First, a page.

Hello again, old friend

December 5, 2011

This week the SV-POW!sketeers are off to Bonn, Germany, for the Second International Workshop on Sauropod Biology and Gigantism. All three of us will be there, plus SV-POW! guest blogger Heinrich Mallison, plus Wedel Lab grad student Vanessa Graff, plus about 50 other awesome scientists from around the world. So we’ll have a ton of fun, but we probably won’t get much posted.

In the meantime, enjoy this cool encounter from the bone cellar at the Humboldt Museum in Berlin, where Mike and I fetched up at the end of the last IWSBG back in 2008. It’s a transversely-sectioned dorsal centrum of Giraffatitan, one that Janensch illustrated in his 1950 monograph on the vertebrae of Giraffatitan. Mike and I were very familiar with the cross-section image from the paper, so it was cool and a bit unreal to find the actual item.


Janensch, Werner. 1950. Die Wirbelsaule von Brachiosaurus brancai. Palaeontographica (Suppl. 7) 3:27-93.

16 Responses to “Hello again, old friend”

  1. Matt Says:

    Hi there, sorry if this doesn’t fit into the title of this post but this is quite urgent because I couldn’t find ANY articles that discussed about cervical ribs. I Googled and found your article here: https://svpow.wordpress.com/2009/12/02/your-cervical-ribs-are-probably-non-existent/

    Not to be confused with transverse processes(those pointing backwards) in chickens which are also called cervical ribs, this are “thoracic lookalike ribs” attached to the 14 cervical vertebrae. It is not fused.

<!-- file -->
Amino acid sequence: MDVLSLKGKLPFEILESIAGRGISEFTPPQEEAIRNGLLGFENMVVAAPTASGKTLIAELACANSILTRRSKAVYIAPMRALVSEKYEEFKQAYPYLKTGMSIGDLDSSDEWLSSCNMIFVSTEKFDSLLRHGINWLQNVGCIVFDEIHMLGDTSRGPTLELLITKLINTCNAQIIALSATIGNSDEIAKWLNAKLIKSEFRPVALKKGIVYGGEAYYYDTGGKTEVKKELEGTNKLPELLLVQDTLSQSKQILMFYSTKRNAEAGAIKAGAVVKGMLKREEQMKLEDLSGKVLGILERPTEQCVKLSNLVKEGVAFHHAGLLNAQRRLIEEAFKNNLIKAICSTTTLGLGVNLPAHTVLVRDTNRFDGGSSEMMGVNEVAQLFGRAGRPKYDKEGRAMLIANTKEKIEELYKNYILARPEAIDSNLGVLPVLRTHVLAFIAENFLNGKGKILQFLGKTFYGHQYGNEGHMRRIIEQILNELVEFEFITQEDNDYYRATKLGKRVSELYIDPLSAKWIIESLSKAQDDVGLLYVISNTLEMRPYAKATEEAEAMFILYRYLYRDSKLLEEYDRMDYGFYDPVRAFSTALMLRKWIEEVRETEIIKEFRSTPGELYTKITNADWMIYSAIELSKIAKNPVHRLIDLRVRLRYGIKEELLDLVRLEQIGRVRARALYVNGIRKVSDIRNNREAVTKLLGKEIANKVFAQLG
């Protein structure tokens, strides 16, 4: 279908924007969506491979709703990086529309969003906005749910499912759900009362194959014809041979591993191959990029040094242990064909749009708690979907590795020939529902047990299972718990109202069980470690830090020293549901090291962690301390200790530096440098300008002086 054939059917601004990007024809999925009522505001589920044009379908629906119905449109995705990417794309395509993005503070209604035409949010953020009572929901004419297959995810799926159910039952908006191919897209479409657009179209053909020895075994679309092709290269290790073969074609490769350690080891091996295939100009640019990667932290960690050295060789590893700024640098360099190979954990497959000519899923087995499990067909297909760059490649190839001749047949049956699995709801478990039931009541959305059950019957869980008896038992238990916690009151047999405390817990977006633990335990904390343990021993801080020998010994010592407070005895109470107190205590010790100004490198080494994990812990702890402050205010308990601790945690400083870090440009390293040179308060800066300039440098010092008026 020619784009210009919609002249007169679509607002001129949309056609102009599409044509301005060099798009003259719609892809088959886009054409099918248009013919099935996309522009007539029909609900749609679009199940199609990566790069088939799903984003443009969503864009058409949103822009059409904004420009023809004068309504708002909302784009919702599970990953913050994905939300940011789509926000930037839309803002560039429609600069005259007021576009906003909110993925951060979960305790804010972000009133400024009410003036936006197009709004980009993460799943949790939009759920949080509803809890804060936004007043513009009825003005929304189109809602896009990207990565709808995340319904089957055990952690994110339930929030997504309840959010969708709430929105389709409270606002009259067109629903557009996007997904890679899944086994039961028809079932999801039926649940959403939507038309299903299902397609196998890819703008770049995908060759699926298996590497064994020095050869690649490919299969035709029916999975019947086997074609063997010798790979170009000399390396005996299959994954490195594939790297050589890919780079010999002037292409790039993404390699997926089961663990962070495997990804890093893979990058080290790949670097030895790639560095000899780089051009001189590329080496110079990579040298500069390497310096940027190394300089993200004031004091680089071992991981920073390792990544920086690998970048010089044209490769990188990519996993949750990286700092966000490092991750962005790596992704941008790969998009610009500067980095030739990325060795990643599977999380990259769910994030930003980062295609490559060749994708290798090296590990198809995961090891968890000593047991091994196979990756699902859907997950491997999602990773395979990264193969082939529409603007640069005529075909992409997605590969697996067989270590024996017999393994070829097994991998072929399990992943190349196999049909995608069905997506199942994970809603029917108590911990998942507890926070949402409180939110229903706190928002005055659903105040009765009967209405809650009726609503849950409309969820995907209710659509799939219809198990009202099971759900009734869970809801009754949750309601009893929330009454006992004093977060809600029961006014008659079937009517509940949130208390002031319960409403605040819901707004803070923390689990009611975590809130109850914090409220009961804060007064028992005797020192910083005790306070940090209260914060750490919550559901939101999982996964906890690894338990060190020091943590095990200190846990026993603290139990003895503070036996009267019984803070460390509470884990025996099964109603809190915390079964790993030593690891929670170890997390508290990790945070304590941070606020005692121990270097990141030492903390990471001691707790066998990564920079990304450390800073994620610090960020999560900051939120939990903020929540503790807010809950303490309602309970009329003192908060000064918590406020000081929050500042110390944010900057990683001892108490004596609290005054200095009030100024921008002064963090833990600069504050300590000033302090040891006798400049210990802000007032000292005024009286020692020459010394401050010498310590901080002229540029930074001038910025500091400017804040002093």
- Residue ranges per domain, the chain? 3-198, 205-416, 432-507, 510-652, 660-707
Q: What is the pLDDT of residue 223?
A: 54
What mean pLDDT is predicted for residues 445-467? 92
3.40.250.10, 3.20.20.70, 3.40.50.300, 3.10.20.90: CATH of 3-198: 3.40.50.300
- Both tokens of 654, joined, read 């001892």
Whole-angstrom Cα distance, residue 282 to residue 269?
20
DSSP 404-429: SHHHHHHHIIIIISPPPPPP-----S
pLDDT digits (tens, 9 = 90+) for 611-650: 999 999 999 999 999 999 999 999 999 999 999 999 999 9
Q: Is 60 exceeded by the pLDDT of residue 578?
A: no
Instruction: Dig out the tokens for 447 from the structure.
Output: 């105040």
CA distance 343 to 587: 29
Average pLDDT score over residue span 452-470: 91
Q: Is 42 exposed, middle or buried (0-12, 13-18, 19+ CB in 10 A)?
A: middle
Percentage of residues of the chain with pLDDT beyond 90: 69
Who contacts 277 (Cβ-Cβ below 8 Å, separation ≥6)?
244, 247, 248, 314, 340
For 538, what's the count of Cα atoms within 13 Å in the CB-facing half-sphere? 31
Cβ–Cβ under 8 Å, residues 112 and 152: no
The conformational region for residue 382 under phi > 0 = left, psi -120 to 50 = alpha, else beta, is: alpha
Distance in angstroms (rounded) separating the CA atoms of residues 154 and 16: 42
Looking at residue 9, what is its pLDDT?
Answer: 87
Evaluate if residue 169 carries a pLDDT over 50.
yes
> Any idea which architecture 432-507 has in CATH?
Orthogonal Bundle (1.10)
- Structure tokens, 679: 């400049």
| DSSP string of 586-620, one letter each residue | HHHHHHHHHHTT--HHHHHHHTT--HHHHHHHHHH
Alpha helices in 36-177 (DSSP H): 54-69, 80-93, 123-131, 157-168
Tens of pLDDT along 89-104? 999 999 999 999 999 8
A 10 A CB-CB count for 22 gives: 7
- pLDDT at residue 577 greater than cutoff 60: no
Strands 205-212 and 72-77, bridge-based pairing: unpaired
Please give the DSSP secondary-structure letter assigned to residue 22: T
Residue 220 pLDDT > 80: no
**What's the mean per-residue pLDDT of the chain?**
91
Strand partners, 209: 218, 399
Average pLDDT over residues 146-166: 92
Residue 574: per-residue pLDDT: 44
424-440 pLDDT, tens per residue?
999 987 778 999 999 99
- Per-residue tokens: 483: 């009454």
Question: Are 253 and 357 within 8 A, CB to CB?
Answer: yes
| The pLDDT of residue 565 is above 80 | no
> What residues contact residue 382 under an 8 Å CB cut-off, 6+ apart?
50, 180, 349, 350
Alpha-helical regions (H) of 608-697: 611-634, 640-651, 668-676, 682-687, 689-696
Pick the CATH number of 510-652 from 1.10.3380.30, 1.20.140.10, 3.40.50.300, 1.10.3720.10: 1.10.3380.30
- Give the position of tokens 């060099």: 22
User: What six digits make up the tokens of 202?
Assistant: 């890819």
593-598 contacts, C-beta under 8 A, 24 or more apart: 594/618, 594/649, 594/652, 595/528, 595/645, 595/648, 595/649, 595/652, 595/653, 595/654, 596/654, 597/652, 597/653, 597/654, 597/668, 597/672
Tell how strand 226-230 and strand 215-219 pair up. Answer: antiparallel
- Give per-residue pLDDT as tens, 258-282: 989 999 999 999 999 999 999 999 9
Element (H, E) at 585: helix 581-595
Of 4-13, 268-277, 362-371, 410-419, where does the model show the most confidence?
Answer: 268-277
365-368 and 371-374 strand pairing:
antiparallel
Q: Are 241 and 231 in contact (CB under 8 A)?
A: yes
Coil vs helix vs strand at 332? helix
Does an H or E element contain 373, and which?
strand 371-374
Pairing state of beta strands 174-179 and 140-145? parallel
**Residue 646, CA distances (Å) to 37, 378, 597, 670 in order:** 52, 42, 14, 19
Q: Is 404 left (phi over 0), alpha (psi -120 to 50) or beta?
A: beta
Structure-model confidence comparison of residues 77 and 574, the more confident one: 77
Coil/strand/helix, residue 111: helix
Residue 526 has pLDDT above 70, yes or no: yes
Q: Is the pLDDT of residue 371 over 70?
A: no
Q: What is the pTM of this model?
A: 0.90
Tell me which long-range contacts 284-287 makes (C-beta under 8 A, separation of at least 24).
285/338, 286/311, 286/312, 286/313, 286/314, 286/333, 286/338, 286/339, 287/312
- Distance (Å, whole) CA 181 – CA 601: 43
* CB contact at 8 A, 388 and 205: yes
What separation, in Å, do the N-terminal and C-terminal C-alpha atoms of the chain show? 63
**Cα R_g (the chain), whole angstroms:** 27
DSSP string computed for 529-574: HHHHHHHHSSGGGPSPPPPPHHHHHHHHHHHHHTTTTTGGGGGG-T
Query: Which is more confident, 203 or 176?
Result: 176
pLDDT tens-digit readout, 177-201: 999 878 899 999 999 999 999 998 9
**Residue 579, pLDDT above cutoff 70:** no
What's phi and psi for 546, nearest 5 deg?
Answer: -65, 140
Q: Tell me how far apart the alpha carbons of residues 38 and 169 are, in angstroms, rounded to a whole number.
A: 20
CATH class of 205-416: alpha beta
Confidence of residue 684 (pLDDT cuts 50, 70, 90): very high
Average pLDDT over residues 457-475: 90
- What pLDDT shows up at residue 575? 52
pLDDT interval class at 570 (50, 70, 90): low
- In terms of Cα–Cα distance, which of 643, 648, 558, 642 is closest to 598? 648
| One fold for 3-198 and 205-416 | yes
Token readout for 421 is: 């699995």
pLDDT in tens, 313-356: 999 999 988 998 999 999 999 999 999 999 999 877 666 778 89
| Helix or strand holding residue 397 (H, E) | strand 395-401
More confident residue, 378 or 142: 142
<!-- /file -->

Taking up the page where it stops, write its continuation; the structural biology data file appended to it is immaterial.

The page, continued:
I am studying on the chickens vertebrae for my final year project and no one seems to have the answer. It only appears in a few of the chickens I dissect. Do you what these are and what purpose do they serve? Are they similar to human cervical ribs condition that is said to contribute to cancer?

    Thank you!

  2. Mike Taylor Says:

    Hi, Matt,

    There is more on cervical ribs in Veronica the ostrich: right cervical rib #3, but it’s generally true that they are neglected. Not just on SV-POW!, but in the literature generally.

    Not to be confused with transverse processes(those pointing backwards) in chickens which are also called cervical ribs, this are “thoracic lookalike ribs” attached to the 14 cervical vertebrae. It is not fused.

    I don’t understand what you mean at all here. Transverse processes don’t point backwards, they point sideways (as the name suggests). The processes that point backwards from the ventrolateral part of chicken cervicals are indeed good, honest cervical ribs, homologous with those of sauropods. They are unfused in very young birds, but fuse to the vertebrae (capitulum to parapophysis, tuberculum to diapophysis) during ontogeny.